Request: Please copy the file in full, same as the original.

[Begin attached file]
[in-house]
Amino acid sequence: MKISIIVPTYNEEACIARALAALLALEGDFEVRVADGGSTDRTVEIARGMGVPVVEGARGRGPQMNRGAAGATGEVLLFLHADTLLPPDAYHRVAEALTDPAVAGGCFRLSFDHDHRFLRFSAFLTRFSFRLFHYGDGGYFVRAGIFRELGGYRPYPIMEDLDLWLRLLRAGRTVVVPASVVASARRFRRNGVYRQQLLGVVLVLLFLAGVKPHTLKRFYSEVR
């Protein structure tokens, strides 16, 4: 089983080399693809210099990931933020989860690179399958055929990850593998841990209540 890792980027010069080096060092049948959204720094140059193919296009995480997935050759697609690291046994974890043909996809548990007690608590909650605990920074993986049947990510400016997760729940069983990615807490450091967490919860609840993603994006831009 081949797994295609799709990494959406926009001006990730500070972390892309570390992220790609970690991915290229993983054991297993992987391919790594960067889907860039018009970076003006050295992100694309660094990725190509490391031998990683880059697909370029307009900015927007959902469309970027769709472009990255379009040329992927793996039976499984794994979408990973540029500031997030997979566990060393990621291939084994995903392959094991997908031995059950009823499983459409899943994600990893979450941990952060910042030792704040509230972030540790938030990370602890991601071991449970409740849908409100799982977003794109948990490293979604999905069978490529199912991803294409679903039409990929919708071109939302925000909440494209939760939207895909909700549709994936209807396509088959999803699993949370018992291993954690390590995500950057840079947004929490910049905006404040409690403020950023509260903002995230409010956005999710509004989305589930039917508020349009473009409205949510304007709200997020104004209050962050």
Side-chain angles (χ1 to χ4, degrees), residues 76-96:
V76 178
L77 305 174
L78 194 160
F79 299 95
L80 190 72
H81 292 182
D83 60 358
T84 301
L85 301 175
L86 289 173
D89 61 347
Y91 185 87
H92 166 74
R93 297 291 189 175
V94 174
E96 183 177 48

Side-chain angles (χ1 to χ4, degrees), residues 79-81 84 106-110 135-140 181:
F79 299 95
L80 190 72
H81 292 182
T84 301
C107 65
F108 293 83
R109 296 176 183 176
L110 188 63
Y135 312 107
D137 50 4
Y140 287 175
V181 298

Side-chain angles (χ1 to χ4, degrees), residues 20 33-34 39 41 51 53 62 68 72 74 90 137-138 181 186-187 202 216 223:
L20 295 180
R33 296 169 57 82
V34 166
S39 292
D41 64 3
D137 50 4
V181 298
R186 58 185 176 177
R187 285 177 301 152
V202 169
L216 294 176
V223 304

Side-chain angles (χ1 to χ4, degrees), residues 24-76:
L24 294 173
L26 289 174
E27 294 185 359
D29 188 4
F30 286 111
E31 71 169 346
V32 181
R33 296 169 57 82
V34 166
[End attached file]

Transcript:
[in-house]
Amino acid sequence: MKISIIVPTYNEEACIARALAALLALEGDFEVRVADGGSTDRTVEIARGMGVPVVEGARGRGPQMNRGAAGATGEVLLFLHADTLLPPDAYHRVAEALTDPAVAGGCFRLSFDHDHRFLRFSAFLTRFSFRLFHYGDGGYFVRAGIFRELGGYRPYPIMEDLDLWLRLLRAGRTVVVPASVVASARRFRRNGVYRQQLLGVVLVLLFLAGVKPHTLKRFYSEVR
């Protein structure tokens, strides 16, 4: 089983080399693809210099990931933020989860690179399958055929990850593998841990209540 890792980027010069080096060092049948959204720094140059193919296009995480997935050759697609690291046994974890043909996809548990007690608590909650605990920074993986049947990510400016997760729940069983990615807490450091967490919860609840993603994006831009 081949797994295609799709990494959406926009001006990730500070972390892309570390992220790609970690991915290229993983054991297993992987391919790594960067889907860039018009970076003006050295992100694309660094990725190509490391031998990683880059697909370029307009900015927007959902469309970027769709472009990255379009040329992927793996039976499984794994979408990973540029500031997030997979566990060393990621291939084994995903392959094991997908031995059950009823499983459409899943994600990893979450941990952060910042030792704040509230972030540790938030990370602890991601071991449970409740849908409100799982977003794109948990490293979604999905069978490529199912991803294409679903039409990929919708071109939302925000909440494209939760939207895909909700549709994936209807396509088959999803699993949370018992291993954690390590995500950057840079947004929490910049905006404040409690403020950023509260903002995230409010956005999710509004989305589930039917508020349009473009409205949510304007709200997020104004209050962050």
Side-chain angles (χ1 to χ4, degrees), residues 76-96:
V76 178
L77 305 174
L78 194 160
F79 299 95
L80 190 72
H81 292 182
D83 60 358
T84 301
L85 301 175
L86 289 173
D89 61 347
Y91 185 87
H92 166 74
R93 297 291 189 175
V94 174
E96 183 177 48

Side-chain angles (χ1 to χ4, degrees), residues 79-81 84 106-110 135-140 181:
F79 299 95
L80 190 72
H81 292 182
T84 301
C107 65
F108 293 83
R109 296 176 183 176
L110 188 63
Y135 312 107
D137 50 4
Y140 287 175
V181 298

Side-chain angles (χ1 to χ4, degrees), residues 20 33-34 39 41 51 53 62 68 72 74 90 137-138 181 186-187 202 216 223:
L20 295 180
R33 296 169 57 82
V34 166
S39 292
D41 64 3
D137 50 4
V181 298
R186 58 185 176 177
R187 285 177 301 152
V202 169
L216 294 176
V223 304

Side-chain angles (χ1 to χ4, degrees), residues 24-76:
L24 294 173
L26 289 174
E27 294 185 359
D29 188 4
F30 286 111
E31 71 169 346
V32 181
R33 296 169 57 82
V34 166